Town remembers the life of Chief of Police Emeritus Gary K. Tyler
By Martha Marteney - Staff Writer
South Windsor - posted Fri., Aug. 26, 2011
On Friday, Aug. 26, the South Windsor Police Department held a ceremony of remembrance for Chief of Police Emeritus Gary K. Tyler, who succumbed to cancer Aug. 9. Hundreds of residents, elected officials, town staff members, police officers, friends and family members joined together at Maneeley’s to honor Tyler’s years of service to the South Windsor Police Department and to celebrate his life.
While friends and colleagues spoke of Tyler, there was much shared laughter, as they remembered his strong personal leadership style as well as his sense of humor. Through anecdotes, those gathered heard Tyler's voice, relived his quirks, appreciated his vision for the SWPD and the community as a whole, and felt the impact he had on the lives of those around him.
“He was not just a professional,” said South Windsor Town Manager Matthew Galligan, “he had a sense of humor.” Their professional relationship merged into a friendship over the course of 16 years, as Galligan grew to know the man Tyler was. Galligan attributed South Windsor's low crime rate, and its recent “Money Magazine” ranking on the list of 100 best small towns, to Tyler's leadership.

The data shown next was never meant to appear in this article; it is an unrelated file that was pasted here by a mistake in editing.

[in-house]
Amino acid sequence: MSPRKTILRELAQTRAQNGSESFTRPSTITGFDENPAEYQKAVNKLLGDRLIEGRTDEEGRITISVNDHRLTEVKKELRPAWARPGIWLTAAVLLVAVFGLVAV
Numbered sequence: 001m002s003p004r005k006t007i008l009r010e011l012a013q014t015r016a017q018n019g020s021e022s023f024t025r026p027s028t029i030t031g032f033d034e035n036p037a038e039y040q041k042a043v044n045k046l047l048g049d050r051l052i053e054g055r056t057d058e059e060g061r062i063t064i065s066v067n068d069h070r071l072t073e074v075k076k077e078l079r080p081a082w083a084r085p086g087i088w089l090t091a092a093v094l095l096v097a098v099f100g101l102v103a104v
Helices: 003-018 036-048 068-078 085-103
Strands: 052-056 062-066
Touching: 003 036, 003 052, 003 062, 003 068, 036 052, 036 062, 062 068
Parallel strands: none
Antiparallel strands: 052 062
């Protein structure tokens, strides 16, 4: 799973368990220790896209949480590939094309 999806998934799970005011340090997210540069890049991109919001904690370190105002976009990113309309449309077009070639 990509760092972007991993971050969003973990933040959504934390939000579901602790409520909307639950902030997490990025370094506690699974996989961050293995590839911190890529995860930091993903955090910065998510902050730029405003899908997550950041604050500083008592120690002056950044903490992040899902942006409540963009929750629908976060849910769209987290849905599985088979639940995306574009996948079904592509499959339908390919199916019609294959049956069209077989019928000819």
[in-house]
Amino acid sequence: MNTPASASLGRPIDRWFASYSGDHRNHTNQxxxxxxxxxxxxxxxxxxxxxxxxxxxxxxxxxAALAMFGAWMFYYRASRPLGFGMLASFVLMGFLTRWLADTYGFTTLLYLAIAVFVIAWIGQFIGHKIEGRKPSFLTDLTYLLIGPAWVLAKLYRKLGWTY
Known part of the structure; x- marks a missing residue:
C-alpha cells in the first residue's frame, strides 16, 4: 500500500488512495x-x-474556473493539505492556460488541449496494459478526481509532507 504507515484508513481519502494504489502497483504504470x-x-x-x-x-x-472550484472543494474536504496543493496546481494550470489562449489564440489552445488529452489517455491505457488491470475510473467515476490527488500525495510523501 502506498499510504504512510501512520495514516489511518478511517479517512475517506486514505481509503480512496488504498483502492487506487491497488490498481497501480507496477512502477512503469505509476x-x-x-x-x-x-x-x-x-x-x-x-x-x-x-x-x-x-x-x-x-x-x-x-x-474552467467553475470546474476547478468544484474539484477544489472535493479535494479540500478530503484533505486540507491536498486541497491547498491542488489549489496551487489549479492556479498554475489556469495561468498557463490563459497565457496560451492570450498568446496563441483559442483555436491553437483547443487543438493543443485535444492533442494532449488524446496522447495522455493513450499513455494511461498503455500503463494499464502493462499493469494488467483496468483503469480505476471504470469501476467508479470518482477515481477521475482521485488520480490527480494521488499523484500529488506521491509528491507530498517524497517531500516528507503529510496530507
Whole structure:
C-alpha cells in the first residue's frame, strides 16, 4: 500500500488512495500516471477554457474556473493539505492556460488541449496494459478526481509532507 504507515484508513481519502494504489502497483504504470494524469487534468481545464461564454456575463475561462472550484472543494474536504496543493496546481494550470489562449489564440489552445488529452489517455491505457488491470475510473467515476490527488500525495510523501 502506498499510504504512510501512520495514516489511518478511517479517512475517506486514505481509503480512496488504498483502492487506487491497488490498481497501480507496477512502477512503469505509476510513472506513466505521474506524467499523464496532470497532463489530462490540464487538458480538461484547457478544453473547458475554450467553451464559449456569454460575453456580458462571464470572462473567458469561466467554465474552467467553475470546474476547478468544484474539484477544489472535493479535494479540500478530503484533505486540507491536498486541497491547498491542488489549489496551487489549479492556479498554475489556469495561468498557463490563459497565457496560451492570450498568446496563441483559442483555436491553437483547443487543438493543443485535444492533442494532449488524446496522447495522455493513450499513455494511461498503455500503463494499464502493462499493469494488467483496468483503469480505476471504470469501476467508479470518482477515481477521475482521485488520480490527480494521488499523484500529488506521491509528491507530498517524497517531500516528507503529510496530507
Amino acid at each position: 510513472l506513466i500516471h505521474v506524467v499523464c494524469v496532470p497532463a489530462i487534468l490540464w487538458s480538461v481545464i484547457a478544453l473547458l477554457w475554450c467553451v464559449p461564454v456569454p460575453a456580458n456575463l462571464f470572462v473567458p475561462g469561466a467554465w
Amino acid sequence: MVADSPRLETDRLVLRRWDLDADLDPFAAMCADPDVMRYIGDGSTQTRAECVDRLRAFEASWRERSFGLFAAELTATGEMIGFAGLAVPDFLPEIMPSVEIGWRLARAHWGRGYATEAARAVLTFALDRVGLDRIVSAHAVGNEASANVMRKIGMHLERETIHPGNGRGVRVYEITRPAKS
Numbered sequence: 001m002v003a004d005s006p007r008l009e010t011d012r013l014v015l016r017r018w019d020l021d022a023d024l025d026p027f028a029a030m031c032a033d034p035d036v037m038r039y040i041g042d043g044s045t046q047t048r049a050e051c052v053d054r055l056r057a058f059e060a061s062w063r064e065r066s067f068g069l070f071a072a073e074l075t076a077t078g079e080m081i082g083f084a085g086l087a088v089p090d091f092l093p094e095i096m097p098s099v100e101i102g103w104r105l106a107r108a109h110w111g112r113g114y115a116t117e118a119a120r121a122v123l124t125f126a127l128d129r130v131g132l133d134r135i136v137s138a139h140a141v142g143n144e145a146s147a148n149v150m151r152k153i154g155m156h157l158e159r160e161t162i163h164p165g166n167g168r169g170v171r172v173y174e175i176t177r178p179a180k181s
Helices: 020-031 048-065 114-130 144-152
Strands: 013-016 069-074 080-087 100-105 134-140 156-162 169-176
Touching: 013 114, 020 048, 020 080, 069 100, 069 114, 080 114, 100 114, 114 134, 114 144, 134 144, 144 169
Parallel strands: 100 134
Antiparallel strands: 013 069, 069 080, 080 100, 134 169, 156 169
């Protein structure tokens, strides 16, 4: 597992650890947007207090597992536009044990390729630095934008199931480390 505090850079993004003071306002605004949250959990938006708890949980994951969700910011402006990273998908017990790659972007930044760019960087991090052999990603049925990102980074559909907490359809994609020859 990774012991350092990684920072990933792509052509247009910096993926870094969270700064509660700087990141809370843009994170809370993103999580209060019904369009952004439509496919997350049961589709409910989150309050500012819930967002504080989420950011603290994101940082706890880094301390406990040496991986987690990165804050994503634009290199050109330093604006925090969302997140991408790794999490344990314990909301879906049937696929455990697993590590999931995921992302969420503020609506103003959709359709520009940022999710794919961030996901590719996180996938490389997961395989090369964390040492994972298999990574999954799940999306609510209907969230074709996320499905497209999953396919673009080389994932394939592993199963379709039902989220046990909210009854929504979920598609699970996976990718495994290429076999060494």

The memorial service and light lunch was organized by the SWPD. “We do this with sadness in our hearts,” said SWPD Chief Matthew D. Reed, “but surely with joy for his life.” Reed was the first person Tyler hired after becoming police chief. “I can't imagine my 23 years of service without him,” said Reed.
“He was a remarkable leader, a tremendous mentor, and became a good friend,” said Deputy Chief Richard Riggs. “He was a guy you didn't want to disappoint.”
One of the few SWPD officers hired before Tyler's tenure, Lt. Richard Bond, said, “Good things happen when you have a leader who believes in you.” Bond's sharing of his personal struggles, and of how Tyler handled the issues, exemplified Tyler's personality and humor. If you do your best, use your head, and do what's right, said Bond, “the man had your back.”
Tyler's family also participated in the service, with his daughter, Diana Brandt, reading Maya Angelou's poem, “When Great Trees Die,” and his granddaughter, Lauren Brandt, singing “Amazing Grace.” Tyler's wife, Virginia, received a memorial flag from the SWPD Honor Guard, as well as flag flown at the United States Capitol from U.S. Rep. John Larson (D-1).
“We are all made better by the words that were said today,” noted Rabbi Jeff Glickman, adding that the community was made better by Tyler's life itself. He asked, “How are you going to remember Gary Tyler?”
In compliance with a special request by Tyler himself, the memorial closed with the playing of “Happy Trails,” by Roy Rogers and Dale Evans.